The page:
A Matter of Respect

It’s intriguing how the 5th commandment shifts our attention from God to the bedrock institution of civilization – the family.  Honor your father and your mother, that you may live a long time in the land the LORD your God is giving to you (Exodus 20:12).  The implication is respect for parents is indispensable to the general health of society.  The Ten Commandments have two sections.  Modern Christians tend to think the first four are about how we’re to treat our Heavenly Father and the remaining six about how we’re to treat each other.  But Jewish scholars divided them evenly because they considered respecting one’s parents to be a reflection of our respect for God.  That makes a lot of sense to me.  Alistair Begg wrote, “How could we ever claim to honor God, whom we have not seen, if we fail to honor our parents, who we do see?  Parental authority is divinely delegated and is an integral part of our reverence for God.”  In this commandment God indicated everything vital to the soundness and stability of any nation begins in the home where the parent/child relationship establishes the critical foundation.

 

Throughout history all civilizations worth mentioning figured that out while those that never learned it or lost sight of it disintegrated in short order.  In the Garden of Eden God made the family unit the building block of society.  Parents were held responsible for having and raising kids and, in turn, those underlings were to accept and submit to the authority of mom and dad.  In one short verse God expressed a fundamental truth that can’t be contested.  The key to any society maturing into a conglomerate of well-adjusted, decent and amicable folks resides in the home.  According to the Bible a lawfully-wedded father and mother are entrusted to Train a child in the way that he should go, and when he is old he will not turn from it (Proverbs 22:6).  In other words, by faithfully passing on the God-ordained beliefs, morals, wisdom and values they got from their own parents, mankind will thrive and be productive.  Sadly, though, the traditional “dad, mom and kids living under the same roof” arrangement has become a rarity in our country.  Nowadays all kinds of mixtures of genders, family members and friends are considered viable, acceptable alternatives to God’s original design and we’re paying a heavy penalty for letting that occur on our watch.  I know it’s not politically correct to say but God’s Holy Word is explicit when it comes to marriage being between one man and one woman and that any sexual activity outside that sacred union is sinful in God’s eyes.  The “free love” revolution of the 60s and 70s (which I took liberal advantage of) demoted fornication and adultery to being misdemeanor offenses and that did terrible, irrevocable damage to millions of families.  And now the Supreme Court has stepped in, usurped God’s clear mandate and deemed marriage a “whatever” institution.  Things are happening I never thought would be tolerated. To say we’re in danger of suffering the wrath of God for our insolence is an understatement.

 

Ponder this disturbing statistic.  As of 2014 fewer than half (46%) of U.S. children under the age of 18 are living in a home with two married heterosexual parents in their first marriage.  In 1960 that figure was 73% and in 1980 it was 61%.  We’re rolling downhill fast.  There’s no positive spin to put on it, either.  I see “experts” on TV all the time who say kids growing up without the guidance of their biological father is a major factor in the rising murder and suicide rates but no one has an answer for what to do about it.  The biggest problem is too many think it’s not a problem at all.  Modern science has made artificial insemination commonplace and thousands of “fatherless babies” are produced yearly.  Thus anybody can become a parent and determine for themselves what constitutes a “family.”  Fathers, as such, are gradually being pushed out of the begetting process altogether.  Begg wrote, “In an age of antagonism between the sexes, it’s a short step to the view of fathers as troublesome, marginal and essentially irrelevant inseminators.”  Of course, none of this comes as a surprise to God.  He warned us this would happen if we became disobedient and that’s why He gave us the fifth commandment.  Break the bonds of the family and bad things are bound to follow.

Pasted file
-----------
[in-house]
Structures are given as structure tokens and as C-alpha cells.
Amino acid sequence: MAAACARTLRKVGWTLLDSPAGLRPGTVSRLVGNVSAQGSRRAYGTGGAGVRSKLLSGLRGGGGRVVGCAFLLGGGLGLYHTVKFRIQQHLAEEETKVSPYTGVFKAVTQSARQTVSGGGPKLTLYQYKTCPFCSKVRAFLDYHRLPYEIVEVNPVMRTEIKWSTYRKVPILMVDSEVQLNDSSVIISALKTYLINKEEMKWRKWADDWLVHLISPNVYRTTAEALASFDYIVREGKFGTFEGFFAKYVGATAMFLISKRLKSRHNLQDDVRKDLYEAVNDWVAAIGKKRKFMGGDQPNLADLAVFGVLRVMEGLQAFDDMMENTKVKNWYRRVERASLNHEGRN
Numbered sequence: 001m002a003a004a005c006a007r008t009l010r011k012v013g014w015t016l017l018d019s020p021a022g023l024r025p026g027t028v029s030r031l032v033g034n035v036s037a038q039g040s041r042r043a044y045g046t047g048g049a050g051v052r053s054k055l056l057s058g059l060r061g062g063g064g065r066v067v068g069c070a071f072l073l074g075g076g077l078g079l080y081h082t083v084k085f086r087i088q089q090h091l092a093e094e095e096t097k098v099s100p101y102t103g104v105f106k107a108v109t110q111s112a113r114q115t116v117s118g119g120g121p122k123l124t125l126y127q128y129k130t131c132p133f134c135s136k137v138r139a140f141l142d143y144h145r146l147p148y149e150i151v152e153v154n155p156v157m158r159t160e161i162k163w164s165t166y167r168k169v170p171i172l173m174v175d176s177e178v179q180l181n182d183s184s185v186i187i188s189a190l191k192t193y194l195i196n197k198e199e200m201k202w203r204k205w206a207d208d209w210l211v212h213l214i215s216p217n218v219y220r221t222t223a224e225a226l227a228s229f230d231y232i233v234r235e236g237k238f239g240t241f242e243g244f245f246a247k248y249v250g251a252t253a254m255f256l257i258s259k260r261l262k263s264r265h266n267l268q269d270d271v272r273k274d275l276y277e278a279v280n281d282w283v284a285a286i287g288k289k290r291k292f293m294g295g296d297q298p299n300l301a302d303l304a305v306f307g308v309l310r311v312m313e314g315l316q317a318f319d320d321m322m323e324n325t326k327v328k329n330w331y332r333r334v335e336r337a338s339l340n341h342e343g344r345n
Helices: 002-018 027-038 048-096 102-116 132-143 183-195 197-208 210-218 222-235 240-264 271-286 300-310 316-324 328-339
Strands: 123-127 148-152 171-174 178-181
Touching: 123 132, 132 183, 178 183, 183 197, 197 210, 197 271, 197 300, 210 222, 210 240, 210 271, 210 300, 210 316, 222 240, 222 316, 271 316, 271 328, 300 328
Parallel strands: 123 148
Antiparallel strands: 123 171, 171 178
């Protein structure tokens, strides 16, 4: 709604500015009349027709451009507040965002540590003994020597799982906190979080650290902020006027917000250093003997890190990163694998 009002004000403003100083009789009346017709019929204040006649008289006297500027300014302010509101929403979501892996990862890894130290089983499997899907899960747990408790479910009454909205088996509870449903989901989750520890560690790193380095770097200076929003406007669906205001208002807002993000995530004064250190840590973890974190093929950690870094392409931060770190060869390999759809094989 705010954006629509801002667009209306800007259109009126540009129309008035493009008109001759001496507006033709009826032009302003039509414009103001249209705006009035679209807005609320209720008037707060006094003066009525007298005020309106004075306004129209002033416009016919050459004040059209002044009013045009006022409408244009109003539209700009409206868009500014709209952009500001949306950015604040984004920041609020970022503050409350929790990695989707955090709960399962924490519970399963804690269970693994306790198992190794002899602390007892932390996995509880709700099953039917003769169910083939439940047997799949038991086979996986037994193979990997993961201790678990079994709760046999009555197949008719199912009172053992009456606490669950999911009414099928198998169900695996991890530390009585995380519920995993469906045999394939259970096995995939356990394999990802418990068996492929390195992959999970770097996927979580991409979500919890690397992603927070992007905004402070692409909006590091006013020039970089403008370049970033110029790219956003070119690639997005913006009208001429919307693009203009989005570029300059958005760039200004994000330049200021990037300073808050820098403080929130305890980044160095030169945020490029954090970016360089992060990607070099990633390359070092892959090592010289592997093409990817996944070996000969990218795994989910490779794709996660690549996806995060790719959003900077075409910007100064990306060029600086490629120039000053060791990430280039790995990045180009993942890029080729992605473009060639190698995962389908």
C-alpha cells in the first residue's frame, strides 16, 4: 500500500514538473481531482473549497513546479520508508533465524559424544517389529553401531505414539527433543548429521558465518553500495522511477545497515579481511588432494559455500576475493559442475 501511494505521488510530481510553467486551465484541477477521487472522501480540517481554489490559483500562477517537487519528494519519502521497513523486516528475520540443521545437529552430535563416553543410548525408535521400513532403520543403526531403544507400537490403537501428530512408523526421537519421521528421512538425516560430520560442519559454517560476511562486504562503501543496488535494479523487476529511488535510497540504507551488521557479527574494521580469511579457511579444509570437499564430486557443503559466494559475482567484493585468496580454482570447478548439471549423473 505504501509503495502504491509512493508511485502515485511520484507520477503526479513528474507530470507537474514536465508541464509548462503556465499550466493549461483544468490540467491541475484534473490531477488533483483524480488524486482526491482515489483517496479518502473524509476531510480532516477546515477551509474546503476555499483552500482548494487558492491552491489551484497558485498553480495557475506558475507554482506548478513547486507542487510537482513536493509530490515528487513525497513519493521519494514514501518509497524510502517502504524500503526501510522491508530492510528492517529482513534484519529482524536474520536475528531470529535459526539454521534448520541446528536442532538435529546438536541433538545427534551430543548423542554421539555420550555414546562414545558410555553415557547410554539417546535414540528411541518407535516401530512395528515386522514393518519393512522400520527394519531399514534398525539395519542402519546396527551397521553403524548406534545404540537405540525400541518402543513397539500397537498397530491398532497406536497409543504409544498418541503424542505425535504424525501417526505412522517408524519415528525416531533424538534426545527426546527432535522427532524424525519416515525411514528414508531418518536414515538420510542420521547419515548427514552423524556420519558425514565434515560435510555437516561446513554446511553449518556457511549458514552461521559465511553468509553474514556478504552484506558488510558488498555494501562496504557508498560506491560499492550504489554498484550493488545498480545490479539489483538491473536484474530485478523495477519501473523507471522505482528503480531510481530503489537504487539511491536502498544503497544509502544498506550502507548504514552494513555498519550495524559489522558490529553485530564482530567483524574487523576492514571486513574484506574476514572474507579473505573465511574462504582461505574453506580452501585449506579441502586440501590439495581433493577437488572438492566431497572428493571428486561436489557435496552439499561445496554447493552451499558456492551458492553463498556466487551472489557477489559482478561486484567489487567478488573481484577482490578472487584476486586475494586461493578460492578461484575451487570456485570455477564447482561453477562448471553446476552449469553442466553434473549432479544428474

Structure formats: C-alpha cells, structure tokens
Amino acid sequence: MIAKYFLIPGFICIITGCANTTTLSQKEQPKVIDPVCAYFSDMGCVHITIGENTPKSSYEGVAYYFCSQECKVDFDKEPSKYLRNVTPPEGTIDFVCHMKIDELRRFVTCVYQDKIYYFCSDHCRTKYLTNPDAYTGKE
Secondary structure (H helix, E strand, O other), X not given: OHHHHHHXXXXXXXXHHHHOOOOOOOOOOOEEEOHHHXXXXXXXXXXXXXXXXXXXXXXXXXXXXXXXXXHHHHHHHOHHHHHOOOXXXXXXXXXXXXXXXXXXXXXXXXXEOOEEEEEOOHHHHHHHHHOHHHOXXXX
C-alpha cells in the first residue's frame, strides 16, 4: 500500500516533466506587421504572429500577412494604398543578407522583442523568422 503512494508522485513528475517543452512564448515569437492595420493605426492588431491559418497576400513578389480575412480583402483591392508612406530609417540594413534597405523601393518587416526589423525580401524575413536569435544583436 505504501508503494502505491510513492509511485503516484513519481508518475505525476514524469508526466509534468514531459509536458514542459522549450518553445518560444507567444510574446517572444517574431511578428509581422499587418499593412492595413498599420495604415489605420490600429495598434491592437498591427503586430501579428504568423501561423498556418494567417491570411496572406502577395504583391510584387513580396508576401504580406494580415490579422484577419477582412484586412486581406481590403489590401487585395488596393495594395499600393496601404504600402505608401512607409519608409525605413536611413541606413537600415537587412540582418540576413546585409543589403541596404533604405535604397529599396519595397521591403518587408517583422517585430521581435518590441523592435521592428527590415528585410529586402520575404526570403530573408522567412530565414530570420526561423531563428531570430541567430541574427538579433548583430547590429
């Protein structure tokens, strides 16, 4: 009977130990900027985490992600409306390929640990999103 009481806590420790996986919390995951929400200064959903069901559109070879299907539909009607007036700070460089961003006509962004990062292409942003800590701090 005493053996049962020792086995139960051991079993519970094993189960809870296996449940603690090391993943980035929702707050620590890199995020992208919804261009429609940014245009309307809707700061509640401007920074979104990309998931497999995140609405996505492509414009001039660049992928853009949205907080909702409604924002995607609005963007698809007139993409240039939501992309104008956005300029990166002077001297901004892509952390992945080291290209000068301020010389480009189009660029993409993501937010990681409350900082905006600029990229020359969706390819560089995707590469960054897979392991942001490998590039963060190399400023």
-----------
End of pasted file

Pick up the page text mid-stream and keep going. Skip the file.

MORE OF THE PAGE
The apostle Paul was specific about the consequences of a culture turning its back on God and worshiping the creation instead of the Creator.  And just as they did not see fit to acknowledge God, God gave them over to a depraved mind, to do what should not be done.  They are filled with every kind of unrighteousness, wickedness, covetousness, malice.  They are rife with envy, murder, strife, deceit, hostility.  They are gossips, slanderers, haters of God, insolent, arrogant, boastful, contrivers or all sorts of evil, disobedient to parents, senseless, covenant-breakers, heartless, ruthless.  Although they fully know God’s righteous decree that those who practice such things deserve to die, they not only do them but also approve of those who practice them (Romans 1:28-32).  It’s impossible for a Christian not to see Paul was describing the 21st century world we’re submerged in.  Everyone complains about the mess we’ve made because that’s the easiest thing to do.  Yet when believers point to the Scriptures as the surefire solution we’re branded as discriminatory, superstitious and woefully out-of-touch bigots who want to go back to living under the tyranny of strict legalism.  Any attempt to tell them they’ve got the gospel message wrong is waved off.  They refuse to listen to any truth they don’t want to hear.  But that’s absurdly illogical.  Timothy Keller wrote, “To stay away from Christianity because part of the Bible’s teaching is offensive to you assumes that if there is a God he wouldn’t have any views that upset you.  Does that belief make sense?”  Yet millions still insist on believing in a made-up God who agrees with and condones their every whim.